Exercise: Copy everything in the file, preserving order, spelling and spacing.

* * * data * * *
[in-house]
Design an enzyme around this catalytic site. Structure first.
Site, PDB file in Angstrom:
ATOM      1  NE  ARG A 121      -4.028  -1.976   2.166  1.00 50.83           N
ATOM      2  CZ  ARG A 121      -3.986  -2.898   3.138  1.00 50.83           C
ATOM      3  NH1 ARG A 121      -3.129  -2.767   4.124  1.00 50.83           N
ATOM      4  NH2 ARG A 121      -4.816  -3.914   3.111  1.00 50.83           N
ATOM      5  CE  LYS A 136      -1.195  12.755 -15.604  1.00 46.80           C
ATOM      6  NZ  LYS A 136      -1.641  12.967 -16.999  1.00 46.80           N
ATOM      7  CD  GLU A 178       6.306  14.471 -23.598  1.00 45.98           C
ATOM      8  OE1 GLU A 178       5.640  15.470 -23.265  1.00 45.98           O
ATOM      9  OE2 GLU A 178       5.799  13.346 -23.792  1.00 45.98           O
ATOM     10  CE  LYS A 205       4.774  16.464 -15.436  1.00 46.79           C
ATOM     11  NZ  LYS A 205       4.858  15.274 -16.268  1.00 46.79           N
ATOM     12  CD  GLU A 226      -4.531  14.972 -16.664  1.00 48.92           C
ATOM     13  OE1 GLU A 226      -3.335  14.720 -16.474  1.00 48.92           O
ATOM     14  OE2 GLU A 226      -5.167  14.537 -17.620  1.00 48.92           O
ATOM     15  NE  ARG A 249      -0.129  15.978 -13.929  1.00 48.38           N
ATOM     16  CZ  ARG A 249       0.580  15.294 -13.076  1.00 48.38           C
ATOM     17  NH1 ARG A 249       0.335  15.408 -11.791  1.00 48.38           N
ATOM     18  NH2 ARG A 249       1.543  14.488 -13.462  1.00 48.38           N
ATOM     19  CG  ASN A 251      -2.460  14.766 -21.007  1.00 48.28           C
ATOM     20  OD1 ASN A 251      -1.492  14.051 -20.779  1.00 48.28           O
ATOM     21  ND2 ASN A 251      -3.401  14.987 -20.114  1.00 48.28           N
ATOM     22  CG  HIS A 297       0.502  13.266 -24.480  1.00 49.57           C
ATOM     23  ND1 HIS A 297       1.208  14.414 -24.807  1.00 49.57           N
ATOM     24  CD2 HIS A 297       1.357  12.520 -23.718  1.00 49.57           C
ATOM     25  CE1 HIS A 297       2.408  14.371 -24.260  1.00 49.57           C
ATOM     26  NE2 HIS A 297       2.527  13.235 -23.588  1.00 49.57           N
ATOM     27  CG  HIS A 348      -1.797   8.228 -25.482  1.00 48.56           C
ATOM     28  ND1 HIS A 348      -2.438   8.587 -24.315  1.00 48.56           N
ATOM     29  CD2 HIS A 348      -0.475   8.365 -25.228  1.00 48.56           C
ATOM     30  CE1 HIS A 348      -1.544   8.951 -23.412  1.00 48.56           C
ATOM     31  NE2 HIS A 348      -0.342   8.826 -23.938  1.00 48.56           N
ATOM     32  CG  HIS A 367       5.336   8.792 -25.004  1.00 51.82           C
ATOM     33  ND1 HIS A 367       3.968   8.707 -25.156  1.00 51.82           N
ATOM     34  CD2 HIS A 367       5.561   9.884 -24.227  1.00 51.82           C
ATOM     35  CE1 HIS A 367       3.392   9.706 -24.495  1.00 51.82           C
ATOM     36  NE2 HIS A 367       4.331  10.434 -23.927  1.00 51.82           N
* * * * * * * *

[in-house]
Design an enzyme around this catalytic site. Structure first.
Site, PDB file in Angstrom:
ATOM      1  NE  ARG A 121      -4.028  -1.976   2.166  1.00 50.83           N
ATOM      2  CZ  ARG A 121      -3.986  -2.898   3.138  1.00 50.83           C
ATOM      3  NH1 ARG A 121      -3.129  -2.767   4.124  1.00 50.83           N
ATOM      4  NH2 ARG A 121      -4.816  -3.914   3.111  1.00 50.83           N
ATOM      5  CE  LYS A 136      -1.195  12.755 -15.604  1.00 46.80           C
ATOM      6  NZ  LYS A 136      -1.641  12.967 -16.999  1.00 46.80           N
ATOM      7  CD  GLU A 178       6.306  14.471 -23.598  1.00 45.98           C
ATOM      8  OE1 GLU A 178       5.640  15.470 -23.265  1.00 45.98           O
ATOM      9  OE2 GLU A 178       5.799  13.346 -23.792  1.00 45.98           O
ATOM     10  CE  LYS A 205       4.774  16.464 -15.436  1.00 46.79           C
ATOM     11  NZ  LYS A 205       4.858  15.274 -16.268  1.00 46.79           N
ATOM     12  CD  GLU A 226      -4.531  14.972 -16.664  1.00 48.92           C
ATOM     13  OE1 GLU A 226      -3.335  14.720 -16.474  1.00 48.92           O
ATOM     14  OE2 GLU A 226      -5.167  14.537 -17.620  1.00 48.92           O
ATOM     15  NE  ARG A 249      -0.129  15.978 -13.929  1.00 48.38           N
ATOM     16  CZ  ARG A 249       0.580  15.294 -13.076  1.00 48.38           C
ATOM     17  NH1 ARG A 249       0.335  15.408 -11.791  1.00 48.38           N
ATOM     18  NH2 ARG A 249       1.543  14.488 -13.462  1.00 48.38           N
ATOM     19  CG  ASN A 251      -2.460  14.766 -21.007  1.00 48.28           C
ATOM     20  OD1 ASN A 251      -1.492  14.051 -20.779  1.00 48.28           O
ATOM     21  ND2 ASN A 251      -3.401  14.987 -20.114  1.00 48.28           N
ATOM     22  CG  HIS A 297       0.502  13.266 -24.480  1.00 49.57           C
ATOM     23  ND1 HIS A 297       1.208  14.414 -24.807  1.00 49.57           N
ATOM     24  CD2 HIS A 297       1.357  12.520 -23.718  1.00 49.57           C
ATOM     25  CE1 HIS A 297       2.408  14.371 -24.260  1.00 49.57           C
ATOM     26  NE2 HIS A 297       2.527  13.235 -23.588  1.00 49.57           N
ATOM     27  CG  HIS A 348      -1.797   8.228 -25.482  1.00 48.56           C
ATOM     28  ND1 HIS A 348      -2.438   8.587 -24.315  1.00 48.56           N
ATOM     29  CD2 HIS A 348      -0.475   8.365 -25.228  1.00 48.56           C
ATOM     30  CE1 HIS A 348      -1.544   8.951 -23.412  1.00 48.56           C
ATOM     31  NE2 HIS A 348      -0.342   8.826 -23.938  1.00 48.56           N
ATOM     32  CG  HIS A 367       5.336   8.792 -25.004  1.00 51.82           C
ATOM     33  ND1 HIS A 367       3.968   8.707 -25.156  1.00 51.82           N
ATOM     34  CD2 HIS A 367       5.561   9.884 -24.227  1.00 51.82           C
ATOM     35  CE1 HIS A 367       3.392   9.706 -24.495  1.00 51.82           C
ATOM     36  NE2 HIS A 367       4.331  10.434 -23.927  1.00 51.82           N